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Do you care about gesture control?

Do you care about gesture control?  

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As per title. MS are putting all their eggs in one basket by bundling the Kinect, that no gamer I know wants, with the Xbone and adding a hefty margin on to the price.

My question is, and one MS should have asked as a dashboard poll on 360 or something, Do you care about gesture control?

I don't. I feel like an idiot shouting voice commands, I hate controlling games with gestures. Nothing is as accurate as a pad or keyboard and mouse.

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Yeah, same here. Voice controls are incompatible with my reserved self, gestures are pointless crap. We have a kinect and loads of kinect games. Biggest gaming waste of money in ten years.

Even dance games, something you'd expect kinect to excel at, the kids prefer to play on the Wii version because the Xbox versions are harder to get a decent score. Turns out the old kinect is already *too accurate*.

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My question is, and one MS should have asked as a dashboard poll on 360 or something, Do you care about gesture control?

Pretty sure they did ask on one of the Xbox Rewards polls.

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Or caters directly to them? There are differing levels of disabilities, from having no thumbs, to not being able to sit still for any amount of time. Could be perfect for some.

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I wonder how many of those millions of Kinects are in active use. The Wii sold a gajilion consoles, most of them ended up at the back of peoples' cupboards.

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I've got no interest in it but I can imagine young children loving it. The 8 year old me would have lost his nut if he'd been able to shout instructions at videogame characters or control them by flailing his arms about.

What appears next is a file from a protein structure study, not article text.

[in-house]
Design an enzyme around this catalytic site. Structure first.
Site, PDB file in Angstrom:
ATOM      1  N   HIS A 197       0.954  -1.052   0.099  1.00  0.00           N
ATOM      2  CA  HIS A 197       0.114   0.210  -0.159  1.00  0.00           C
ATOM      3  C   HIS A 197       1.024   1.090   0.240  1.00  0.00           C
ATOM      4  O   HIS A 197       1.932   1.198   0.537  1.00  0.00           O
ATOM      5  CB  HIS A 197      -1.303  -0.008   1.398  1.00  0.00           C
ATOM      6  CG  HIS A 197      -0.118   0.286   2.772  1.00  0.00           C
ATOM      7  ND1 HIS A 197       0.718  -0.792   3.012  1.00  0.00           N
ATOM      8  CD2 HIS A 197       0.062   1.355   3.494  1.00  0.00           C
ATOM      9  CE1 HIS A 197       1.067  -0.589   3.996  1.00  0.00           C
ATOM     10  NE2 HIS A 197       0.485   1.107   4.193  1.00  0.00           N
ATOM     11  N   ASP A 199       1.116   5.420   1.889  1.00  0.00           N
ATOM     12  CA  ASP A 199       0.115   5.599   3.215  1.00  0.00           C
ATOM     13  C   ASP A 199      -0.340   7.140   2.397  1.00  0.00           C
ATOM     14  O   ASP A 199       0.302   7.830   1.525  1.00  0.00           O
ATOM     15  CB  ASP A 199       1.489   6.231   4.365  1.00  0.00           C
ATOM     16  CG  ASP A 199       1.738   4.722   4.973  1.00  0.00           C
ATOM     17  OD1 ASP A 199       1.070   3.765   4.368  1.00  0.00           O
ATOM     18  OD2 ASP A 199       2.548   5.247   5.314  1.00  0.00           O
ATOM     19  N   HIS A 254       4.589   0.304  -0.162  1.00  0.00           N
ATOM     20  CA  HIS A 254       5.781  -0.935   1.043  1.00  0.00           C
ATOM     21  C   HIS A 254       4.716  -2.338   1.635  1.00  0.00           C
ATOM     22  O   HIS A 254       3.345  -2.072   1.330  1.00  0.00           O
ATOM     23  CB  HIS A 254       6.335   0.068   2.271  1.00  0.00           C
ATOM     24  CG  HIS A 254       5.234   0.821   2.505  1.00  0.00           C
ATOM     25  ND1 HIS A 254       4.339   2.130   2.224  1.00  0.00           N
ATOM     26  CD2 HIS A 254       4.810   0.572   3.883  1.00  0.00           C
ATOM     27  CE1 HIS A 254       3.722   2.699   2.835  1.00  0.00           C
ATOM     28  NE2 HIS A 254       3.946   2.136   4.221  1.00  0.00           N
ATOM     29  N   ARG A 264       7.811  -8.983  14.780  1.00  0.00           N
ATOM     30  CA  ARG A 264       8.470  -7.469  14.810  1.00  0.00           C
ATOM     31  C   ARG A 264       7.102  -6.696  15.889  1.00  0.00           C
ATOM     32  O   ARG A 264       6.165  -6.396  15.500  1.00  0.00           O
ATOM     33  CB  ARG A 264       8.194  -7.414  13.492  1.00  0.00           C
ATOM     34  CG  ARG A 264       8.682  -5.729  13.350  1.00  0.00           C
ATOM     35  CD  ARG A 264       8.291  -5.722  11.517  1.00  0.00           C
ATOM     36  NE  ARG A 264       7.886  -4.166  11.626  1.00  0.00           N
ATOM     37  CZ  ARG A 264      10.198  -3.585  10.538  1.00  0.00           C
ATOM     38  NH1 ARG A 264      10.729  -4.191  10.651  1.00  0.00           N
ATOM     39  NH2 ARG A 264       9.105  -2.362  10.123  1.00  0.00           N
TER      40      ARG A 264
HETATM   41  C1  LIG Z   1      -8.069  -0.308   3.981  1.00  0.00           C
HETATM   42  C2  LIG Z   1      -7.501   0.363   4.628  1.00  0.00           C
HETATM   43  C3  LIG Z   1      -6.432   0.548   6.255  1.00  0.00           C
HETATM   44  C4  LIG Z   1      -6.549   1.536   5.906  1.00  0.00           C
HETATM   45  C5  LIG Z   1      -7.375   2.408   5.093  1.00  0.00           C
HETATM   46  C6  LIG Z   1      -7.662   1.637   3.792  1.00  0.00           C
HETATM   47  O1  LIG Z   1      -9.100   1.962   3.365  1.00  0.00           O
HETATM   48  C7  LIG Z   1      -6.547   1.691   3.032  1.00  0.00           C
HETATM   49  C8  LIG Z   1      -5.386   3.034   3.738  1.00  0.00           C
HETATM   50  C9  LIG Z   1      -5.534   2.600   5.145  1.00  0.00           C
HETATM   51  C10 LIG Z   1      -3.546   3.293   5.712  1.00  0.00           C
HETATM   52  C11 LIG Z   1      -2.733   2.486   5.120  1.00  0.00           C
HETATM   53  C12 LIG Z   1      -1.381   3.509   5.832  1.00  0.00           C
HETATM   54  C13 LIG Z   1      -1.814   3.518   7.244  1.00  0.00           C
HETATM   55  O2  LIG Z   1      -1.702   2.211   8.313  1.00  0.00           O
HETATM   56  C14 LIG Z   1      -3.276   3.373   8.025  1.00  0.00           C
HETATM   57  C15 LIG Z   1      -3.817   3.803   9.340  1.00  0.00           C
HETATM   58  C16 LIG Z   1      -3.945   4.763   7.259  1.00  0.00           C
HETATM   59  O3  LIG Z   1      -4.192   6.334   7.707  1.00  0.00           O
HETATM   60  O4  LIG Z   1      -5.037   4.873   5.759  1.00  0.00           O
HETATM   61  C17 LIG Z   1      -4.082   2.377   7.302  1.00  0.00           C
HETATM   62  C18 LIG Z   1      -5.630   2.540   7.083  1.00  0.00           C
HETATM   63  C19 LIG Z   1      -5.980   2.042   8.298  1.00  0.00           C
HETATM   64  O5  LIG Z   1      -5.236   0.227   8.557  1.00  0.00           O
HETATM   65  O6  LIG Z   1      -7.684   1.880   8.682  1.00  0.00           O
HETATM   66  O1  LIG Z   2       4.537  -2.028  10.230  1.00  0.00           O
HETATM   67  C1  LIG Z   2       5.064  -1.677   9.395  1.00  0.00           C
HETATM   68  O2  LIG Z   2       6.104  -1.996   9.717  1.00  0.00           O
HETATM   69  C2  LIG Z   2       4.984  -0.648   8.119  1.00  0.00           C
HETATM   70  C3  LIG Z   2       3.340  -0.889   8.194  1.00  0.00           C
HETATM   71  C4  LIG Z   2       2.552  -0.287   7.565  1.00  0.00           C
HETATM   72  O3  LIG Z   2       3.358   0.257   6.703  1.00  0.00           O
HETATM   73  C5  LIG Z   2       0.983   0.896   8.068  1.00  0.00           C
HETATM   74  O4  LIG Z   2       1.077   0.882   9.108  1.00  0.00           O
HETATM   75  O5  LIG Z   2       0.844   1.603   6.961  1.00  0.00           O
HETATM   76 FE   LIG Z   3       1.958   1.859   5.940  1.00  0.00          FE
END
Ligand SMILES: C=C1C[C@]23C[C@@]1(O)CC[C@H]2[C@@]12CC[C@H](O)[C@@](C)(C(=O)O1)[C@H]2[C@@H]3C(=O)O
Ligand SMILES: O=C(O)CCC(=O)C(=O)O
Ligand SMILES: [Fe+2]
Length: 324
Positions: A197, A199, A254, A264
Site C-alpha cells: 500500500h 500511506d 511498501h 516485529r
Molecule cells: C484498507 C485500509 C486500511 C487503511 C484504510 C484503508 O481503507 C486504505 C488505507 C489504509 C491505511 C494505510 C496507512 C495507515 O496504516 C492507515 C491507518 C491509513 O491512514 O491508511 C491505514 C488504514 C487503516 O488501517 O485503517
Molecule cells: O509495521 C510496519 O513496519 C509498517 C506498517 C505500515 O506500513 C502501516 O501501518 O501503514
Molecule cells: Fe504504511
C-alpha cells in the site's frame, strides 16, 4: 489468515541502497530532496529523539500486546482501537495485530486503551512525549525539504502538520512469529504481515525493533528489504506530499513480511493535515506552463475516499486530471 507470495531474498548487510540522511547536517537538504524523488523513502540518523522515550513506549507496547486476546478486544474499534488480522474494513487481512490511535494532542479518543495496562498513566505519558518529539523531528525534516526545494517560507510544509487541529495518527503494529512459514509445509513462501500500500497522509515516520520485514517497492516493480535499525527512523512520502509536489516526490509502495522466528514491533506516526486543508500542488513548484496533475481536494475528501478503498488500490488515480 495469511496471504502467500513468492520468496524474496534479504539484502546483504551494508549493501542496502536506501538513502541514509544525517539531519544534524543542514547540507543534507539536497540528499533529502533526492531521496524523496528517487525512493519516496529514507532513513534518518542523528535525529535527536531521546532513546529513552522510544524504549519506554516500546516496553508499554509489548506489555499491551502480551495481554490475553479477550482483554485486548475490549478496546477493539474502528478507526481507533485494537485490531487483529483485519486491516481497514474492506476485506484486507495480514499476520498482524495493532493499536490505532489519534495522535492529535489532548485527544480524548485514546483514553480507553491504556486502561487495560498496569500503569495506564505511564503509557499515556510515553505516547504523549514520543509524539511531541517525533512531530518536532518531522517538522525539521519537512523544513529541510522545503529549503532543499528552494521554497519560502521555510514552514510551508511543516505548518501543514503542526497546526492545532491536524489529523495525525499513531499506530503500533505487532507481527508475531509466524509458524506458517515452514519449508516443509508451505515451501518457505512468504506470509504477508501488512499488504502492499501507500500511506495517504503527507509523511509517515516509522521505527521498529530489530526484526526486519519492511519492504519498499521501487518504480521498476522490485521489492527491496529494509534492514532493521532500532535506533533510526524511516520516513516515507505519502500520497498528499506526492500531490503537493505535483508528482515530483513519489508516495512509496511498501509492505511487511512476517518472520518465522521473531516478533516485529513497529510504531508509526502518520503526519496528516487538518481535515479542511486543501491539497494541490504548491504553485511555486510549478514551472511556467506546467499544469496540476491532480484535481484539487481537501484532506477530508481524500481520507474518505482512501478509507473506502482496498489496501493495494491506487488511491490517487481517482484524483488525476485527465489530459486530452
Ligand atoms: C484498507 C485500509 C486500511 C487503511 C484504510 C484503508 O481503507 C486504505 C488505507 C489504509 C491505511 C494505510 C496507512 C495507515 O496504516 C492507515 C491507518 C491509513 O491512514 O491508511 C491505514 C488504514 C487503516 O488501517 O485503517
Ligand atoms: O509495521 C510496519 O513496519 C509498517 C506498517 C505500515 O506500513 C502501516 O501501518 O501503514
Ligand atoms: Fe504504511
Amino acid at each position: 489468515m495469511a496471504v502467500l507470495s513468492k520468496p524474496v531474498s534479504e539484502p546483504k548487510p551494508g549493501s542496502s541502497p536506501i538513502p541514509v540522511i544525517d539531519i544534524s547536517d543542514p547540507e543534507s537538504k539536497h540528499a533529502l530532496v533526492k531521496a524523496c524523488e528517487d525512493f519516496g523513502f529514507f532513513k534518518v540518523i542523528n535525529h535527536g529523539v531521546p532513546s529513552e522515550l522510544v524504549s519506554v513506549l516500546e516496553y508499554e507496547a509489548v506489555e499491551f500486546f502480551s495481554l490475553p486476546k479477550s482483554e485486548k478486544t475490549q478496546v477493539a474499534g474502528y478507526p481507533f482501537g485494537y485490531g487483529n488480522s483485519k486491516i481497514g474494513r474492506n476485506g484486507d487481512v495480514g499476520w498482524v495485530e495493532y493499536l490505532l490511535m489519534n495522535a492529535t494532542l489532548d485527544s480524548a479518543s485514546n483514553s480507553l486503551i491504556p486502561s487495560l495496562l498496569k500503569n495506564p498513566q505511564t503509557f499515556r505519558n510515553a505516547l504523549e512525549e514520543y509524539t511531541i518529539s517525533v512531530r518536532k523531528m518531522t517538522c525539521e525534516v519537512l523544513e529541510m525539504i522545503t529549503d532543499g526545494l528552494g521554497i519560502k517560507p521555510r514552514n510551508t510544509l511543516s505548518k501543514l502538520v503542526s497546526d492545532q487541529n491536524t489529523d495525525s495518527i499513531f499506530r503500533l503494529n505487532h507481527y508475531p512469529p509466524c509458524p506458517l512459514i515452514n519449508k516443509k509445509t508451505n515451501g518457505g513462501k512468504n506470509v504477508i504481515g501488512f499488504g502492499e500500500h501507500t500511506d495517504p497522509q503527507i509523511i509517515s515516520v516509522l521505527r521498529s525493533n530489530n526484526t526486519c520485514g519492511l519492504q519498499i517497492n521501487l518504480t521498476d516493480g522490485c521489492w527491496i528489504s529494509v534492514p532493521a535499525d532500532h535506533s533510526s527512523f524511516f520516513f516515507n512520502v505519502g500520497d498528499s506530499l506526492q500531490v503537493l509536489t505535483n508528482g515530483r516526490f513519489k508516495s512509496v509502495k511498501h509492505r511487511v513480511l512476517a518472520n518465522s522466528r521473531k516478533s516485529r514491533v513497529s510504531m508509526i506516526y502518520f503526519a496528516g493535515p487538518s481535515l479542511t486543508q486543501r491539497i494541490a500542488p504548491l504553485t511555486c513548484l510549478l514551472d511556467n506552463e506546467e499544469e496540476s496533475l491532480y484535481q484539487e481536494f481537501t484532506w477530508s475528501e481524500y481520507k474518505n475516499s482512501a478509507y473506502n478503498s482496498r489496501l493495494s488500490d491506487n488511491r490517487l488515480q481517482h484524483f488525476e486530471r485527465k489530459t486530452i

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Voice control I don't mind, I could get used to it, and I can imagine it being beneficial in situations where complex menu/command can be accessed by simply saying a couple of words. I use Siri all the time for things like this so I'm used to it.

Gestures, no, I have no interest in them at all.

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I've only seen one game where the Kinect voice control was cool, which was the golf game Rare did. You could ask for your clubs from your caddy, or say "What club do you recommend?".

That works because a real golfer does that.

Real soldiers don't shout GRENADE to start a grenade's fuse.

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I wonder how many of those millions of Kinects are in active use. The Wii sold a gajilion consoles, most of them ended up at the back of peoples' cupboards.

You know this how?

I like the Wii U GamePad, but I'll miss the Wiimote. After Pikmin, I'll be surprised if it sees much use outside of multiplayer games.

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I am currently the lone "yes" vote.

I can imagine in a couple of years I'll have an Xbone in the family room, and my two girls will love Kinect. I can even see us (as a family) using the other non-gaming stuff they've discussed such as Skype etc.

I'll likely have a PS4 in my man den (small corner of spare room) though.

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I wanted to care. Wii Sports made me care. It still feels great to hit a home run out of the park. So, I was massively excited to finally flail my arms at Fruit Ninja Kinect. But, it just didn't feel right. There is just a little bit too much of a disconnect (dis-Kinect?) between motion and response that spoils it for me. To be fair, I have not tried Dance Central yet, but I genuinely can't be bothered saying "XBOX. DO STUFF" all the time.